Chronic Obstructive Pulmonary Disease (COPD) is a chronic inflammatory lung disease that causes obstruction to the airflow from the lungs. It is a progressive disease that worsens over time. The most common types are emphysema and chronic bronchitis.


  • Daily cough that produces mucus
  • Shortness of breath
  • Wheezing
  • Chest tightness
  • The need to clear your throat because of excess mucus in lungs
  • Frequent cold and flu
  • Frequent respiratory infection
  • Blueness of lips and fingernail beds
  • Extreme fatigue
  • Weight loss
  • Swelling in ankles, feet or legs


  • Tobacco smoking
  • Cigarette, cigar, pipe smoking
  • Secondhand smoking
  • Exposure of irritants such as chemical fumes, dust, air-pollution
  • Genetic condition (alpha-1 antitrypsin deficiency)


  • Smoking: tobacco smokers are at high risk of COPD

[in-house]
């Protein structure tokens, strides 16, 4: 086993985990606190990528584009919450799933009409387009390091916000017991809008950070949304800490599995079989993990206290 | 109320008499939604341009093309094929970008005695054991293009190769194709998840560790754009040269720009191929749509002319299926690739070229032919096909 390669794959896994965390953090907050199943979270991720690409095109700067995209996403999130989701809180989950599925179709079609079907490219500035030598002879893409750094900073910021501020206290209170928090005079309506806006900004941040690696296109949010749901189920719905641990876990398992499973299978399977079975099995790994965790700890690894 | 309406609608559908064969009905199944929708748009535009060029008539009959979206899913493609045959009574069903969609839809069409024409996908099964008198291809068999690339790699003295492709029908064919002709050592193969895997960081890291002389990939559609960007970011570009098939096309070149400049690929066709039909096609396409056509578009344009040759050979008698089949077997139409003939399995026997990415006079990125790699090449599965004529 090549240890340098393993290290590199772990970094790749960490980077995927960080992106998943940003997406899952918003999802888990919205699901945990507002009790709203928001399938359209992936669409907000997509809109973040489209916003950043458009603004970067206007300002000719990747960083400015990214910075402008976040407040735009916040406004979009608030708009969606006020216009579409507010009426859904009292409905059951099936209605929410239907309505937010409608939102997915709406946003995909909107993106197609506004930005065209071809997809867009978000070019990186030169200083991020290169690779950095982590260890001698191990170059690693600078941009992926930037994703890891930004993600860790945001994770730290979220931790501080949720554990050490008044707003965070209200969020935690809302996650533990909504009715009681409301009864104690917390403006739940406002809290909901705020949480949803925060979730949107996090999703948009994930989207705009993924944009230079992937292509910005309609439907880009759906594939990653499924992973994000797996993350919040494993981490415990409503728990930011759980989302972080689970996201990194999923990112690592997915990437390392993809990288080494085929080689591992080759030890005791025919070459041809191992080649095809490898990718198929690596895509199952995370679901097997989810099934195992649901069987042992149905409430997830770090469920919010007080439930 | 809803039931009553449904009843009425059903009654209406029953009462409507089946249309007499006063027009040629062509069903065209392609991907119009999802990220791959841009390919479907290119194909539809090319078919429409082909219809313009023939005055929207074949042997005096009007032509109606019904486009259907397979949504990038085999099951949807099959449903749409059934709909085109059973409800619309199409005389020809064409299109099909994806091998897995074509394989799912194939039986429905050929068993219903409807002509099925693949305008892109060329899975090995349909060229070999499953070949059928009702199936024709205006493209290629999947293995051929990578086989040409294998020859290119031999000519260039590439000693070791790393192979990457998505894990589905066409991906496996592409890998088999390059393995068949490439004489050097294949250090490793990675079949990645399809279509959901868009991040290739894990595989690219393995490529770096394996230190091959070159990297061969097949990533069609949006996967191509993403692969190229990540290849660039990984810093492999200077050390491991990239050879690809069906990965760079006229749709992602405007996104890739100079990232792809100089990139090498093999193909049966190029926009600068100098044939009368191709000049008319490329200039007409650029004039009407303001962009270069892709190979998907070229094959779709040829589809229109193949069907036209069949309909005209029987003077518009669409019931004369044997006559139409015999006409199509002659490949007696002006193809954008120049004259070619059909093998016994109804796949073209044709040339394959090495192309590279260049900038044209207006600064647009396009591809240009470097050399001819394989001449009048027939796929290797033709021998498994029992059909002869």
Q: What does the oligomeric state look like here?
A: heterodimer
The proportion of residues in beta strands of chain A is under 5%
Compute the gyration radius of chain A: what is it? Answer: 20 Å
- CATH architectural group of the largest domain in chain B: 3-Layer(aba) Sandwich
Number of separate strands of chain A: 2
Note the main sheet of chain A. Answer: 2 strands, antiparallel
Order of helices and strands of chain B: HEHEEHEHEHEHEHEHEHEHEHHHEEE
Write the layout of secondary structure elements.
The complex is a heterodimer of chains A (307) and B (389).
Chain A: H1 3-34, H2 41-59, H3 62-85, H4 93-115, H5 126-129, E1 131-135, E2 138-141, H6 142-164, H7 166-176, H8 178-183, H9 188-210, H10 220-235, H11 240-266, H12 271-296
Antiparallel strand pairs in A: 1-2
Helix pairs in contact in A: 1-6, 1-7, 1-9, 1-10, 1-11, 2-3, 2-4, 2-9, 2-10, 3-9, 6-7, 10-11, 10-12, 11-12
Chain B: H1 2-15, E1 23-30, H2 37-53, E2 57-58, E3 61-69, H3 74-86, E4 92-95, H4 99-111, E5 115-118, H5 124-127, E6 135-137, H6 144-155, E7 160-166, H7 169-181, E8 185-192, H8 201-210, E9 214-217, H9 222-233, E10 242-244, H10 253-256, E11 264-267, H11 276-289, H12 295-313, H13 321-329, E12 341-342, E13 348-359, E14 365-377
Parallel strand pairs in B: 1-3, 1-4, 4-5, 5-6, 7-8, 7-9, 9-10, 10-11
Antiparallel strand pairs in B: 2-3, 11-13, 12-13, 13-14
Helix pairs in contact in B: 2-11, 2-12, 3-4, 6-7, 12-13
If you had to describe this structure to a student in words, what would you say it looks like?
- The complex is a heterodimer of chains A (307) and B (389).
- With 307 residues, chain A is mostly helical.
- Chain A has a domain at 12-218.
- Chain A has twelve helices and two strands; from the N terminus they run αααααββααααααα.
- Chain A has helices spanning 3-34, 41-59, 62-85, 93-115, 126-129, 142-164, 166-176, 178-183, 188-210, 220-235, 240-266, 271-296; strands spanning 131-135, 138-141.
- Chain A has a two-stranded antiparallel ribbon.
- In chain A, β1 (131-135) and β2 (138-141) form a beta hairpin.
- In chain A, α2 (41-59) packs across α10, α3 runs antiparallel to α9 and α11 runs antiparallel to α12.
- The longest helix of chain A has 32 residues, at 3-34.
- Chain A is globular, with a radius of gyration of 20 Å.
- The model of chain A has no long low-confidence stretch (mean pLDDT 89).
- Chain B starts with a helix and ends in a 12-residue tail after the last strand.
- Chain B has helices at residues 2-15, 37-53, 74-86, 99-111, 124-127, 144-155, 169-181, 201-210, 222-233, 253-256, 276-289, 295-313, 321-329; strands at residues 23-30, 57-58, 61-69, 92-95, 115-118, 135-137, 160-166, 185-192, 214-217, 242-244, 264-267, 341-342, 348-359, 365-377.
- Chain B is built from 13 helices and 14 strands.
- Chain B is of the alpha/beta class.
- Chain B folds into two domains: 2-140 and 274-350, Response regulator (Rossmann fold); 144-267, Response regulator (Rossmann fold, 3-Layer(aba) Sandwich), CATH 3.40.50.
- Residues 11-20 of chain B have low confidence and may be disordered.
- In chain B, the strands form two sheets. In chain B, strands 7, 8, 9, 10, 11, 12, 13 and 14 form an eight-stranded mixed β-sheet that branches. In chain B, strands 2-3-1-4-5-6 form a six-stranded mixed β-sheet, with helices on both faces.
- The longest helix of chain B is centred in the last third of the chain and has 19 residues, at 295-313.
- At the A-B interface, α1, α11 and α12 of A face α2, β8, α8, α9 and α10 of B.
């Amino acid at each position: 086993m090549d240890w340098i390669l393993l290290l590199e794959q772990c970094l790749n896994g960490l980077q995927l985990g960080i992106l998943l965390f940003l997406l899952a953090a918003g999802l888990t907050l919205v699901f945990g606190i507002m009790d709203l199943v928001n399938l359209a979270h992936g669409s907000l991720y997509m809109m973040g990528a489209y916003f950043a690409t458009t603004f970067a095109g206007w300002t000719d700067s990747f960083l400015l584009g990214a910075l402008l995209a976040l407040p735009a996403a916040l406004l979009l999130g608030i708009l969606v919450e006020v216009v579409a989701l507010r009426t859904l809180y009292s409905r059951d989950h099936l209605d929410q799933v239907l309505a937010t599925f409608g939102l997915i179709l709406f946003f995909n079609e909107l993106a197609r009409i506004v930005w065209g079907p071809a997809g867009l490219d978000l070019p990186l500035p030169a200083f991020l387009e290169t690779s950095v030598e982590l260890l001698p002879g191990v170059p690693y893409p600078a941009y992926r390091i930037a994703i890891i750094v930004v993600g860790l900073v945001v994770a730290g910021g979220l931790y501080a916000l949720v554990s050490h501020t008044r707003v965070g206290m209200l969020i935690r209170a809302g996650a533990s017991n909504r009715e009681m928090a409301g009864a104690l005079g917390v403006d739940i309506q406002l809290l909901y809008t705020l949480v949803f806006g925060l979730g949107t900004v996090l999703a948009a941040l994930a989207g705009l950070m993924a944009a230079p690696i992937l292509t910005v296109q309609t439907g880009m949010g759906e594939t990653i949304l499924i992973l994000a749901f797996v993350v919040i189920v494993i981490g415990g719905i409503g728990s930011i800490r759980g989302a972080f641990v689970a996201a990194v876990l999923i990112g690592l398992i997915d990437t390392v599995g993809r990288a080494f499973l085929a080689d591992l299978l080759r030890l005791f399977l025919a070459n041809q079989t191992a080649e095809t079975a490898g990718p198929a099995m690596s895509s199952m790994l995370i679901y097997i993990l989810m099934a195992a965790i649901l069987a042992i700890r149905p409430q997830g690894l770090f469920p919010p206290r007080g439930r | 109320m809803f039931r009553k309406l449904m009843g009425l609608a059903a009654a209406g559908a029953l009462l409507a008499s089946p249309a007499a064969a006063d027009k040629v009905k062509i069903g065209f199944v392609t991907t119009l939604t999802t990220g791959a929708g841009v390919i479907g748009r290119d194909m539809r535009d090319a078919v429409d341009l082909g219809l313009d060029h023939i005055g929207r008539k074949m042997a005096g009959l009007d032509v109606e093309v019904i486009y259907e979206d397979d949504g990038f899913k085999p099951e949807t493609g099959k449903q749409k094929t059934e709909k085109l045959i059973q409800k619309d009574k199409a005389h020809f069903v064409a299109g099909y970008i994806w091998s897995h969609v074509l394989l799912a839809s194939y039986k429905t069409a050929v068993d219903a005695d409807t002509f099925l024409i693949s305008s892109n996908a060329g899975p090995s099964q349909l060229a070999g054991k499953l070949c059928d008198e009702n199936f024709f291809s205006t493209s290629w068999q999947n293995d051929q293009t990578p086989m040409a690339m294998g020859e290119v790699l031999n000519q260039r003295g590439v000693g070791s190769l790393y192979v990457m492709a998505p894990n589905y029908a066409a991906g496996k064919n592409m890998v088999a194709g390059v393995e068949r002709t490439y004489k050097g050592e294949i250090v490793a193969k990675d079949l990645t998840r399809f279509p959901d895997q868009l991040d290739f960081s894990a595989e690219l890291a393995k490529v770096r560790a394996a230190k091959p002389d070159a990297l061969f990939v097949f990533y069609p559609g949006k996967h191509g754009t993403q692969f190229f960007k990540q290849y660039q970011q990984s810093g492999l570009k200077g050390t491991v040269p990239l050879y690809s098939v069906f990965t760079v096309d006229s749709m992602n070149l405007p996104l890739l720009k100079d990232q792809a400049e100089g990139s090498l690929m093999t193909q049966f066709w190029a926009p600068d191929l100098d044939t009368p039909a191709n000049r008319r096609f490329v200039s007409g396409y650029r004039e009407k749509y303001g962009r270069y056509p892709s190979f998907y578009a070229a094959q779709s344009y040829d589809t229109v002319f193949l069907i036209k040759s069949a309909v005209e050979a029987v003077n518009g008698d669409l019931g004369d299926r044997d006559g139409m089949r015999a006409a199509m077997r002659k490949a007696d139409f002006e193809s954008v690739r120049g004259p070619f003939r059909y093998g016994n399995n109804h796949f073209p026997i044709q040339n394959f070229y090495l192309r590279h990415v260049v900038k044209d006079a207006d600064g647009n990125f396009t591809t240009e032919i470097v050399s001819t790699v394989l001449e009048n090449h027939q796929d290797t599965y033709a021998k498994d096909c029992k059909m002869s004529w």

• Genetics: those with relations who have COPD are more likely to develop it
  • Exposure to lung irritants: long term exposure to chemical fumes, air-pollution, dust increases the chances of COPD
  • Age: the older you get, the more likely you are to developing symptoms
  • Asthmatic patient who smoke


  • Respiratory infections
  • Heart problems
  • Lung cancer
  • Depression
  • High blood pressure in lung arteries


Diagnosis is based on symptoms and physical exam. To get a clear diagnosis, your doctor may suggest several tests such as;

  • Spirometry
  • X-ray
  • Arterial blood gas test


There is no cure for COPD but there are medications to relieve symptoms and slow the progress of disease.

  • Oxygen therapy
  • Surgery
  • Lifestyle changes
  • Medications (such as bronchodilators and vaccines)


There is no prevention for COPD, but the symptoms can be managed to lead a standard life

  • Quit smoking: quitting can be challenging so it is advised to find supports groups
  • Avoid exposure to lung irritants

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